Queen Isabel tames her quarrelsome nobles

April 1, 2013

Isabella of Castile

On one occasion, when Queen Isabel was in Valladolid, high words broke out between Don Fadrique Enriquez, son of Ferdinand’s uncle the Admiral of Castile and a certain Ramir Nuñez de Guzman, Lord of Toral. In spite of the fact that his enemy had received a safe conduct from the Queen, Don Fadrique attacked him in a public square, striking him several times. Isabel’s indignation was unbounded, and she at once rode to Simancas, whose fortress belonged to the Admiral, demanding either its instant surrender or that of his son. The Admiral, faced by this plain issue, dared not disobey; and, since he was ignorant of his son’s hiding place he gave up the keys of his stronghold. Isabel then returned to Valladolid, but her anger was unappeased; and when questioned as to its cause she replied: “I am suffering from the blows that Don Fadrique hath struck at my safe-conduct.”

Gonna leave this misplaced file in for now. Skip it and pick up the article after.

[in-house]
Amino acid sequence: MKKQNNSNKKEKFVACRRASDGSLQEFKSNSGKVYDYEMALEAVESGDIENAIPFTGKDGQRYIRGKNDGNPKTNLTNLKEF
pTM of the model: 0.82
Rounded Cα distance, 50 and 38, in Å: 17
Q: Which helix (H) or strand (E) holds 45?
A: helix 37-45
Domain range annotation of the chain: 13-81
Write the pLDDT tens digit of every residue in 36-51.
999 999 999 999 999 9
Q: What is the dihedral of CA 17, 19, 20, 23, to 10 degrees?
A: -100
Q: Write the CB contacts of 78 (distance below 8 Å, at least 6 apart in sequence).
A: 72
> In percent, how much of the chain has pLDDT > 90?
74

Not till the offender appeared himself at Court to sue for pardon would she relax her coldness to his family; and even then she refused to see him, but ordered that he should be led a prisoner through the streets and thence to a fortress at Arévalo. Here he remained in close confinement, until at his relations’ intercession he was instead exiled to Sicily, there to remain at the Queen’s pleasure.

Queen Isabella of Castile

His enemy, Ramir Nuñez de Guzman, refusing to take warning from his rival’s fate, attempted to assassinate the Admiral in revenge for the attack made on himself, as soon as he had recovered from his wounds; with the result that he was brought before the royal judges and deprived of all his goods and revenues.


Irene L. Plunket, Isabel of Castile and the Making of the Spanish Nation: 1451-1504 (New York: G. P. Putnam’s Sons, 1915), 155-56.

Short Stories on Honor, Chivalry, and the World of Nobility—no. 269



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